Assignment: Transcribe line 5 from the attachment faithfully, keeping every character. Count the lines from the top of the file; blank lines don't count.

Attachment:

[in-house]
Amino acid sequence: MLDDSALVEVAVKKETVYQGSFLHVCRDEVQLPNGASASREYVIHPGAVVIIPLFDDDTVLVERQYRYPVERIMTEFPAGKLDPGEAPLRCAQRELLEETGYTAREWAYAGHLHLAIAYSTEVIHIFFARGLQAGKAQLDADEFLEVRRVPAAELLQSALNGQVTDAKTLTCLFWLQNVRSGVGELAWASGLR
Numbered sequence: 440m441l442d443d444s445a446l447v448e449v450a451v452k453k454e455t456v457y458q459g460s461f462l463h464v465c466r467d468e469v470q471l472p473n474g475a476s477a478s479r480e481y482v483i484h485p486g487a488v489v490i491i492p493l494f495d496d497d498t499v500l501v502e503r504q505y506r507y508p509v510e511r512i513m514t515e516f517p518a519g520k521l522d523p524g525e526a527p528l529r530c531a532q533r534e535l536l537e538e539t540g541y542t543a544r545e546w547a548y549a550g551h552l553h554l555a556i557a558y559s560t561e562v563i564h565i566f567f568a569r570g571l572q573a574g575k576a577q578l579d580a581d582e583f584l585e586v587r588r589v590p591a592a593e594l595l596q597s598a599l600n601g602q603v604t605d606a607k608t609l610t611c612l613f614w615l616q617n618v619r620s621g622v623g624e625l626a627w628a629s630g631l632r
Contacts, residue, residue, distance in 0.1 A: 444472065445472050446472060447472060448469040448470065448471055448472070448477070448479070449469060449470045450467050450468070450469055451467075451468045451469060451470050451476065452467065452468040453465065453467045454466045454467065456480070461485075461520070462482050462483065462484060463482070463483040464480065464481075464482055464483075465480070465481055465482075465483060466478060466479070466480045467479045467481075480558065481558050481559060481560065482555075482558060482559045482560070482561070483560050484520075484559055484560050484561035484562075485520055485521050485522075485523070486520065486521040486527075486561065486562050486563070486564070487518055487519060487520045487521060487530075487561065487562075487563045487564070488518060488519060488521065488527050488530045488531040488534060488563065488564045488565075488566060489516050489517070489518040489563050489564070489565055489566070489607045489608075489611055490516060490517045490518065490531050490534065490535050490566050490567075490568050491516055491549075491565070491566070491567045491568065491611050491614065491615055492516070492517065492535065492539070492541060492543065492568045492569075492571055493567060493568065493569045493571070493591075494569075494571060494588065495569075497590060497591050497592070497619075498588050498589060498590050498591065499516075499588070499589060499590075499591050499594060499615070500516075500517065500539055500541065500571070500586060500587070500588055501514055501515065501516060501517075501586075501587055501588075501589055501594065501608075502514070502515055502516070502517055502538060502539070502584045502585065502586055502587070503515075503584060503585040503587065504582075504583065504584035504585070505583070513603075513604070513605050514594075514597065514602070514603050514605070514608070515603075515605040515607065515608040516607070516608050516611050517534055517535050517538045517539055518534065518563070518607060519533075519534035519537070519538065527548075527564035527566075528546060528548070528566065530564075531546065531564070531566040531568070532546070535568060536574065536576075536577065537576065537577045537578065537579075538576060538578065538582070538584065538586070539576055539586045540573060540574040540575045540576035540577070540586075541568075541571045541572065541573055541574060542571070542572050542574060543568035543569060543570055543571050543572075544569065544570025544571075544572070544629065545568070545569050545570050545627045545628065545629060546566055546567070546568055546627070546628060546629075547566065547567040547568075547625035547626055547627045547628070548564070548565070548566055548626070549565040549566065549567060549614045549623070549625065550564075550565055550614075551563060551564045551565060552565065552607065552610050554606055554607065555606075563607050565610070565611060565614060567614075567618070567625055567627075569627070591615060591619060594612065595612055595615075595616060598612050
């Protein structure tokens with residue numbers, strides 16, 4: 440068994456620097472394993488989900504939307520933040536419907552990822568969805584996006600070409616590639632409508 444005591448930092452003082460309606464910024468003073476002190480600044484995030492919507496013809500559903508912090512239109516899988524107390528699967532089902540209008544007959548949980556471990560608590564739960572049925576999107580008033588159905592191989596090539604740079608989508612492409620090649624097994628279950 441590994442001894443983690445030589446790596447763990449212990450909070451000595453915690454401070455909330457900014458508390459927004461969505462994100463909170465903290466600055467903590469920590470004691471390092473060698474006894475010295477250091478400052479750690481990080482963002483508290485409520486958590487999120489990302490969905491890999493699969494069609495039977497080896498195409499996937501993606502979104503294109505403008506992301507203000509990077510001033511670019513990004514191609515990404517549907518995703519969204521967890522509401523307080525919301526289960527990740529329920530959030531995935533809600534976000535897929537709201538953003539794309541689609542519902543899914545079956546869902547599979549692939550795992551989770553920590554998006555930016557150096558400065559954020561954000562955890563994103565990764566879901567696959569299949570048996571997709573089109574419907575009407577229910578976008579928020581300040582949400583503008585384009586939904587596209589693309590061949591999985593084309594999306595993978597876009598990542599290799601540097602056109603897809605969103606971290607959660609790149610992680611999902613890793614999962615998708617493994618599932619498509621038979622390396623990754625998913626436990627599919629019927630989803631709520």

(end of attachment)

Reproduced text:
């Protein structure tokens with residue numbers, strides 16, 4: 440068994456620097472394993488989900504939307520933040536419907552990822568969805584996006600070409616590639632409508 444005591448930092452003082460309606464910024468003073476002190480600044484995030492919507496013809500559903508912090512239109516899988524107390528699967532089902540209008544007959548949980556471990560608590564739960572049925576999107580008033588159905592191989596090539604740079608989508612492409620090649624097994628279950 441590994442001894443983690445030589446790596447763990449212990450909070451000595453915690454401070455909330457900014458508390459927004461969505462994100463909170465903290466600055467903590469920590470004691471390092473060698474006894475010295477250091478400052479750690481990080482963002483508290485409520486958590487999120489990302490969905491890999493699969494069609495039977497080896498195409499996937501993606502979104503294109505403008506992301507203000509990077510001033511670019513990004514191609515990404517549907518995703519969204521967890522509401523307080525919301526289960527990740529329920530959030531995935533809600534976000535897929537709201538953003539794309541689609542519902543899914545079956546869902547599979549692939550795992551989770553920590554998006555930016557150096558400065559954020561954000562955890563994103565990764566879901567696959569299949570048996571997709573089109574419907575009407577229910578976008579928020581300040582949400583503008585384009586939904587596209589693309590061949591999985593084309594999306595993978597876009598990542599290799601540097602056109603897809605969103606971290607959660609790149610992680611999902613890793614999962615998708617493994618599932619498509621038979622390396623990754625998913626436990627599919629019927630989803631709520």